Last week’s paper on parametric biogeography methods by Ronquist & Sanmartín (2012) was densely written and programmatic as much as it was a review. It presents and assumes a fair amount of prior understanding. In subsequent weekly discussions we will trace back and understand the different models and methods covered by these leading authors. The general theme is event-based methods in biogeography. Likely a good place to start retracing the development of this field is Ronquist (1997): Dispersal-vicariance analysis: a new approach to the quantification of historical biogeography. This will be our reading paper for next week.
On Thursday, August 29, students of the ASU-SoLS General Entomology course BIO 386 had their first night collecting trip to Coon Bluff Campground, an iconic local collecting site along the Salt River in the Tonto National Forest. The proper way to record the locality information is “U.S.: AZ: Maricopa Co.; Tonto NF, Coon Bluff; 33.547349, -111.644989; general coll. & at Hg/UV lights; leg. N. Franz [replace with your name], VIII-29-2013”. See more photos here.
Mingmin Chen of Bertram Ludäscher’s lab at the University of California at Davis is attending the 22nd International Workshop on Functional and (Constraint) Logic Programming to present on a working implementation of Euler/X – a toolkit for logic-based taxonomy integration. The above image shows seven “possible world” scenarios that obtain when integrating an abstract example of two related taxonomies with three disjoint articulations (each containing an “or” and two RRC-5 relations).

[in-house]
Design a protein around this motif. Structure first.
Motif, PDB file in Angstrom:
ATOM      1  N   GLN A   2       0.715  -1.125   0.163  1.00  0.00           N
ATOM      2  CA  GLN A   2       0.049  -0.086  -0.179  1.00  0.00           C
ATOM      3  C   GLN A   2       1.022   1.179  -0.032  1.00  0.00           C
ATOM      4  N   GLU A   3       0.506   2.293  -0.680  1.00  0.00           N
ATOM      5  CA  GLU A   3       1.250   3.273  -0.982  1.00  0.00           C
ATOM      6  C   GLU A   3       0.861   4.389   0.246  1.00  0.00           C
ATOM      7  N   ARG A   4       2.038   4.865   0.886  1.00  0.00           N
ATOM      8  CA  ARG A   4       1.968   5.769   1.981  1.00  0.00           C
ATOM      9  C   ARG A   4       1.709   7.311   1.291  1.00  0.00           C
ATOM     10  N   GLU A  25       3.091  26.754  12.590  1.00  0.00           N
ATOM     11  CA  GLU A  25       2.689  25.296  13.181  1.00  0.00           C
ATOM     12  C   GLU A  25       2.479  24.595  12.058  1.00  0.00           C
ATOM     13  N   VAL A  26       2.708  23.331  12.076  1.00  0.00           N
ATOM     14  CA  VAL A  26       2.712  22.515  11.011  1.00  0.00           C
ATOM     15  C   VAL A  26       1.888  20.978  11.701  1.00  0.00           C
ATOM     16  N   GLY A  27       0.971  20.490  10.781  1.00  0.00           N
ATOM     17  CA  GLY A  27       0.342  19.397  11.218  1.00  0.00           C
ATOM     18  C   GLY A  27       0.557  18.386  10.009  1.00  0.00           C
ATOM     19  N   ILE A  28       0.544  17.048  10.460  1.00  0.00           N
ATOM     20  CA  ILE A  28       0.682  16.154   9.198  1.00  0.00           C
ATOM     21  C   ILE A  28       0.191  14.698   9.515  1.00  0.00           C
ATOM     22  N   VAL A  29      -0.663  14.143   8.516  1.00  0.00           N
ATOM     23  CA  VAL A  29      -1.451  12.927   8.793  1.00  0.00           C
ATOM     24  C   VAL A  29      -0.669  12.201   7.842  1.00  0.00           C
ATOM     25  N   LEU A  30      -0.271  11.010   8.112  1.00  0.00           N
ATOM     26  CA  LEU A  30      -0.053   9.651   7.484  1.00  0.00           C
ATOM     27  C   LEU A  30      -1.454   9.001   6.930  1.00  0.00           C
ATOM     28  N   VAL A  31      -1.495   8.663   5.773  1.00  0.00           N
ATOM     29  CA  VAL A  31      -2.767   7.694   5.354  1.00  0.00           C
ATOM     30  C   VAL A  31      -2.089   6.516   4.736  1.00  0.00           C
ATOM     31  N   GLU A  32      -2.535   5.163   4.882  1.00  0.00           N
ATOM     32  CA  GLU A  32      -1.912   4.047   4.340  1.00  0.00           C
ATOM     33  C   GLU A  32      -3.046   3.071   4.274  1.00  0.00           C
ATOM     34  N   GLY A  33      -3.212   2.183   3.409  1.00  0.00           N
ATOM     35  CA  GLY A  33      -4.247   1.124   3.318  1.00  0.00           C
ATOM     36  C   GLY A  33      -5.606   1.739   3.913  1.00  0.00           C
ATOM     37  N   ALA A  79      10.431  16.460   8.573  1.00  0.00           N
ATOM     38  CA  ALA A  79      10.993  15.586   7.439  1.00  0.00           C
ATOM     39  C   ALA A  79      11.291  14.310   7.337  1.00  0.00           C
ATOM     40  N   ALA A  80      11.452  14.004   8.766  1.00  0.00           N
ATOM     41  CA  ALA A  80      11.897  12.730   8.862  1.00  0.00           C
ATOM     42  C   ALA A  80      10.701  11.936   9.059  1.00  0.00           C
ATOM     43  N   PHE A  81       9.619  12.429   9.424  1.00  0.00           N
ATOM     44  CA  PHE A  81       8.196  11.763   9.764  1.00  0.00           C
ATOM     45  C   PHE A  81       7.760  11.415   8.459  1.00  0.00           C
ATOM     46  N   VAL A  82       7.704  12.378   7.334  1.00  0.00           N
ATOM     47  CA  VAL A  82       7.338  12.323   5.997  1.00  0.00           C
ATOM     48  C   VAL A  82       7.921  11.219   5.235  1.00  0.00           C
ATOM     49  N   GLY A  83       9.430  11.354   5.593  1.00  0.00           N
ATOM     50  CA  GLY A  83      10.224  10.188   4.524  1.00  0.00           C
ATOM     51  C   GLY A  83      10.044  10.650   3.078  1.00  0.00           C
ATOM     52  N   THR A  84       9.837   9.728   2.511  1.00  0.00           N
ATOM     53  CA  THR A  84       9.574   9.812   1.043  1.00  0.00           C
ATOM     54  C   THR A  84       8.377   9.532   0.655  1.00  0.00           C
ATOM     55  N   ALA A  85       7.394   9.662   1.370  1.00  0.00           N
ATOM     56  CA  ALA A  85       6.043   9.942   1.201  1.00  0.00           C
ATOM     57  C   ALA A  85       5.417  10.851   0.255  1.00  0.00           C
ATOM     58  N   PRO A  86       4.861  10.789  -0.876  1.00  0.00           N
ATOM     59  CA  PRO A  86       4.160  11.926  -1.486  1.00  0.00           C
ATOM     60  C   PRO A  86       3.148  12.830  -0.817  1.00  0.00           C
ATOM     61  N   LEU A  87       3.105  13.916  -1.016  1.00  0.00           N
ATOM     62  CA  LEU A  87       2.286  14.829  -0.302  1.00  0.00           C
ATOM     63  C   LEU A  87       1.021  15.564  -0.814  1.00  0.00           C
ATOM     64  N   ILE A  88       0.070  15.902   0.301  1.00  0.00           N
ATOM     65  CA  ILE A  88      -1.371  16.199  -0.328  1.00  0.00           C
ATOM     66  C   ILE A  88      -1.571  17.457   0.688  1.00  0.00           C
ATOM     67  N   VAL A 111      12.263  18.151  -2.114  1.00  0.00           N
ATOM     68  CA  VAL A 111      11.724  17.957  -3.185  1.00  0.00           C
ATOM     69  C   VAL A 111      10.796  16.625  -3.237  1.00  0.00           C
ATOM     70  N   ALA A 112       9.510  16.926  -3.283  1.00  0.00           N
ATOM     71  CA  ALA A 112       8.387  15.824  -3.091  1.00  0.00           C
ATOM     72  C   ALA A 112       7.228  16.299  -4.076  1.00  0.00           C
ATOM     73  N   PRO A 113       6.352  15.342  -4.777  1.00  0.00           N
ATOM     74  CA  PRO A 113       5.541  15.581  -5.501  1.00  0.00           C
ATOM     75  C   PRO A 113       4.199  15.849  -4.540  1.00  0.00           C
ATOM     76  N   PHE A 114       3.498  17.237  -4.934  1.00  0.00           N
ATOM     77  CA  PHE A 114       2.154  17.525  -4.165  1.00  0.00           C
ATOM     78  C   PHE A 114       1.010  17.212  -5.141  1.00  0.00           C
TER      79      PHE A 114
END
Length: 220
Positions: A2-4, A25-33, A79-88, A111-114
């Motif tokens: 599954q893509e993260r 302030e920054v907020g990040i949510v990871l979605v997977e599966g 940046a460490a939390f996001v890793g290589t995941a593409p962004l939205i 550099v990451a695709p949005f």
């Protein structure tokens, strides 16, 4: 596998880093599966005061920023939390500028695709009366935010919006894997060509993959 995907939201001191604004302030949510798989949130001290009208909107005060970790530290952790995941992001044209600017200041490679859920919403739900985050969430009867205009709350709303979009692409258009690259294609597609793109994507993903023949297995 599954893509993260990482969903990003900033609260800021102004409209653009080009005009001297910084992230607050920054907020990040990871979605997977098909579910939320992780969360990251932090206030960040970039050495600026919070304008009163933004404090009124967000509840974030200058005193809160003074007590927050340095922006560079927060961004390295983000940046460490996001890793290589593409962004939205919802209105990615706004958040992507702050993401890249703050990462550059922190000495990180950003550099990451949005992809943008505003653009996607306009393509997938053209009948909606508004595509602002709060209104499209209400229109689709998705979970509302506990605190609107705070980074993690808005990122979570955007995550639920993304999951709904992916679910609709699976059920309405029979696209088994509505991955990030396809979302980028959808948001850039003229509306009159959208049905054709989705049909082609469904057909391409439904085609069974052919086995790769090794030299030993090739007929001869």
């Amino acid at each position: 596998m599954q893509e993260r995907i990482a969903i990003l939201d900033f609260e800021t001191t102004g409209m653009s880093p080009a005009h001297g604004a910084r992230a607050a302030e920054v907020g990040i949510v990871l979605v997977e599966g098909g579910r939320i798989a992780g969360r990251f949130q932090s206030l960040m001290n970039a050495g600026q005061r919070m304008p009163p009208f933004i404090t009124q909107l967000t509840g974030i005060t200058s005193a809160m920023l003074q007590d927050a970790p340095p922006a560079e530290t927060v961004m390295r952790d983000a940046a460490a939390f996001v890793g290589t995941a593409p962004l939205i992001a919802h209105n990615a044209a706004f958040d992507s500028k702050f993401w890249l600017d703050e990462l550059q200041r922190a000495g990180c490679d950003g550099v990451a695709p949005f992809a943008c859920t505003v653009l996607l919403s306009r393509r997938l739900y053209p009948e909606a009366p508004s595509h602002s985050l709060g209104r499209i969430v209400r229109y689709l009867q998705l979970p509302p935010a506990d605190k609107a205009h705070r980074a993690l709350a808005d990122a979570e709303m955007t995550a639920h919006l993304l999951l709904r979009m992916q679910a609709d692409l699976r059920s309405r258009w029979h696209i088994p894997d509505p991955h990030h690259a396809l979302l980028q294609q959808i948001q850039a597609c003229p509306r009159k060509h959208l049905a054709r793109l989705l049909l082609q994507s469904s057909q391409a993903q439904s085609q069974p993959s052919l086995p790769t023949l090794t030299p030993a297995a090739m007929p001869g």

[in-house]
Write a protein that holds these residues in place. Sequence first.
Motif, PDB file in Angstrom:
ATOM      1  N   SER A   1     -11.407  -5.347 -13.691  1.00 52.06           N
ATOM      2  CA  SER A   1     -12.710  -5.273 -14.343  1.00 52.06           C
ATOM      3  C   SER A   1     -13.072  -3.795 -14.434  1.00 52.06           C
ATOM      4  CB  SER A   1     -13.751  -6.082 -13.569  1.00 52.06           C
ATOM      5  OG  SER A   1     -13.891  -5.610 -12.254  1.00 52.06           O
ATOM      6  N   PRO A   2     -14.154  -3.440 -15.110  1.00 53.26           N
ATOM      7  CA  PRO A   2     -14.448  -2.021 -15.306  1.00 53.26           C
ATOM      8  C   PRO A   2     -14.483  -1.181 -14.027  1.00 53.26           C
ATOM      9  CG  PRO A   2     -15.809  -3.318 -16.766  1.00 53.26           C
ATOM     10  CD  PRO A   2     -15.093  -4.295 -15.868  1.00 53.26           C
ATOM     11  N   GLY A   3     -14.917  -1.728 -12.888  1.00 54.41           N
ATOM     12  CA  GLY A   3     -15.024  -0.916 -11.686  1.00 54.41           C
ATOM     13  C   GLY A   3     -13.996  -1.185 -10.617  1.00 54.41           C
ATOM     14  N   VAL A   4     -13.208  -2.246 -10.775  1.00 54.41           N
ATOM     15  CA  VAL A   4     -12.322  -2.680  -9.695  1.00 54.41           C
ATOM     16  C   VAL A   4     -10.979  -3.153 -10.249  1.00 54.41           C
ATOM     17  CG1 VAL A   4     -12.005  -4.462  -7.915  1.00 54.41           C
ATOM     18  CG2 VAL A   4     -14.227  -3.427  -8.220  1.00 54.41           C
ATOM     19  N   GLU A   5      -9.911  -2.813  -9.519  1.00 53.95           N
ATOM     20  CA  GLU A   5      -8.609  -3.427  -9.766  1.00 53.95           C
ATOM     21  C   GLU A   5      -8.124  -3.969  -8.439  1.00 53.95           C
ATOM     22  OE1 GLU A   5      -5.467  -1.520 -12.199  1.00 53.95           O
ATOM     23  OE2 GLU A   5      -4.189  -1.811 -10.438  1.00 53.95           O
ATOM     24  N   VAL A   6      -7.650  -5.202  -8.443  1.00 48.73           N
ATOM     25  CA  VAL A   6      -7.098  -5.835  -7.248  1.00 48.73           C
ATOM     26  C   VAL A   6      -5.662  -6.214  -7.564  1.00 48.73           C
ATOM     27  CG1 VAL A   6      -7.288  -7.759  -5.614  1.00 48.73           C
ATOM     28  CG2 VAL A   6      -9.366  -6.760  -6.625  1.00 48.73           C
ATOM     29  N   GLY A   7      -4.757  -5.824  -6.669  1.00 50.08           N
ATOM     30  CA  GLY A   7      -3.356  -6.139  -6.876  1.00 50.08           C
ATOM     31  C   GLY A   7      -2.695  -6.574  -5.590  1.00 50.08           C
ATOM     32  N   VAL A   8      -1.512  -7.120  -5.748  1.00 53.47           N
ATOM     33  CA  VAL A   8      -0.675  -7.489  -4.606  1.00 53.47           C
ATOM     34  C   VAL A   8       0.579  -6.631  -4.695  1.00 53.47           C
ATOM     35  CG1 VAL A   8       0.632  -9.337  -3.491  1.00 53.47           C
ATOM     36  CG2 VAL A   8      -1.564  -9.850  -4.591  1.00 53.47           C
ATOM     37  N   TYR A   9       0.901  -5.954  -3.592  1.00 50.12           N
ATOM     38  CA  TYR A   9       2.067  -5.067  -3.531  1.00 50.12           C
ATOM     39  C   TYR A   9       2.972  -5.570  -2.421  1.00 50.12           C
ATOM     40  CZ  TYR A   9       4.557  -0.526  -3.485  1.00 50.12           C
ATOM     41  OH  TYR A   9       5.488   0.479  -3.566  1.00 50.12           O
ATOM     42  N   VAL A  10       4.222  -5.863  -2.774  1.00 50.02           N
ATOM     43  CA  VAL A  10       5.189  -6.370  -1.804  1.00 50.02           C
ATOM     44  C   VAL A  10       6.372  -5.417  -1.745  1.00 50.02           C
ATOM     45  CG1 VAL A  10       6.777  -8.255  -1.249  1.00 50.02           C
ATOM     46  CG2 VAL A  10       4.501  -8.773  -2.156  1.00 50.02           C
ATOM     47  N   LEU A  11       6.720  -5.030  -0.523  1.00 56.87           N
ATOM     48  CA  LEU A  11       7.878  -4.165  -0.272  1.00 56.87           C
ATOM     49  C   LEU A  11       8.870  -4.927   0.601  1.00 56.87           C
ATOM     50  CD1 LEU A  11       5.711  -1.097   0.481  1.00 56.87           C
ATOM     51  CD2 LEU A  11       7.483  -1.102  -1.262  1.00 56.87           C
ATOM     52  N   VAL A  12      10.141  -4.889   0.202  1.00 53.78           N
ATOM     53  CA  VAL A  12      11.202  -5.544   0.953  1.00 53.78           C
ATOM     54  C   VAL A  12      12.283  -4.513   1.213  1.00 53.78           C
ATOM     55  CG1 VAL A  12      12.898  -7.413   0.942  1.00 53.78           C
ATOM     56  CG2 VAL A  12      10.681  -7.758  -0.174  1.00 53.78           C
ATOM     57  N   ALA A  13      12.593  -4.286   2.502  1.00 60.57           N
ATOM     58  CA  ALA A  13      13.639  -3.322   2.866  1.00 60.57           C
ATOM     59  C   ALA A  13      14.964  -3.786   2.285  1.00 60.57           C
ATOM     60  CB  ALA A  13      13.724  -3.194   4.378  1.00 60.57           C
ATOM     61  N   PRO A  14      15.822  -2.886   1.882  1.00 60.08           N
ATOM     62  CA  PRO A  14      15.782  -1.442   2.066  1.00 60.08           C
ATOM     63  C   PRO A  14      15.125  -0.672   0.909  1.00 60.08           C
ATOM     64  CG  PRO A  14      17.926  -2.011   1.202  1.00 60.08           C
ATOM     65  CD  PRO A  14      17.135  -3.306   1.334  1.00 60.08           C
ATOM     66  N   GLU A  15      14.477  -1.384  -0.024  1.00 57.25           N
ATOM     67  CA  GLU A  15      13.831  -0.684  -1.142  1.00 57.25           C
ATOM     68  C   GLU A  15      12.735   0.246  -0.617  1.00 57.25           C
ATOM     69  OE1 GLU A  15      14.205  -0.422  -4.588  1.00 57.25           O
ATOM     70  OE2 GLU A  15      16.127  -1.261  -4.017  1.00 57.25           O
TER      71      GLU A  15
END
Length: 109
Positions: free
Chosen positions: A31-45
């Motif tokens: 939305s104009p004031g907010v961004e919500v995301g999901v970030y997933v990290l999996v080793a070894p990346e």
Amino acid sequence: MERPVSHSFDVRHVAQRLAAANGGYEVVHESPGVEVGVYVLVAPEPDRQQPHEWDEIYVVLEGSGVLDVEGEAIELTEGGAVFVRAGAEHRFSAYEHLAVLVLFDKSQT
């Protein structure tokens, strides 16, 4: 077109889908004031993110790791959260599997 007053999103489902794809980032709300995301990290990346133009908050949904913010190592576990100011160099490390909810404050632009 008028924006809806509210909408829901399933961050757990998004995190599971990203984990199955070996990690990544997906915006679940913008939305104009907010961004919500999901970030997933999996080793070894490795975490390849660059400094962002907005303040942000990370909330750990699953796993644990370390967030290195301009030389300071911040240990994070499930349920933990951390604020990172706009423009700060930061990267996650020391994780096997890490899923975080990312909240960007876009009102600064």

Our upcoming weekly discussion will cover this article by Ronquist & Sanmartín (2011) – http://www.annualreviews.org/doi/abs/10.1146/annurev-ecolsys-102209-144710 – dealing with event based methods and parametric biogeography.
Welcome to taxonbytes (http://taxonbytes.org), the new WordPress-based website and multi-member blog for people, projects, and miscellaneous news and comments in and around the Franz Lab (formerly at http://franz.lab.asu.edu/) in the School of Life Sciences at Arizona State University. taxonbytes – all small letters is the preferred rendering – embodies our new slogan “from specimens to language, logic, and learning”. The latter is meant to reflect the lab’s primary focus on traditional, specimen-based systematics research, leading to improved classifications of insects and other invertebrate taxa. We oversee the future development of ASU’s Hasbrouck Insect Collection (ASUHIC). The lab is furthermore active in a number of biodiversity informatics initiatives such as Symbiota (via SCAN), mx, and the logic-centered Euler Project. Pushing the envelope towards a more knowledge representation and reasoning (KRR) compatible systematic practice is among our central goals. Last not least we are engaged in translating knowledge gained through our work with specimens and in systematics into an innovative outreach program which includes the Arium3D Project.
taxonbytes is intended to be an open, evolving platform that will allow the lab members to interact, interconnect, and showcase our professional endeavors in a virtual setting. Stay put for upcoming content.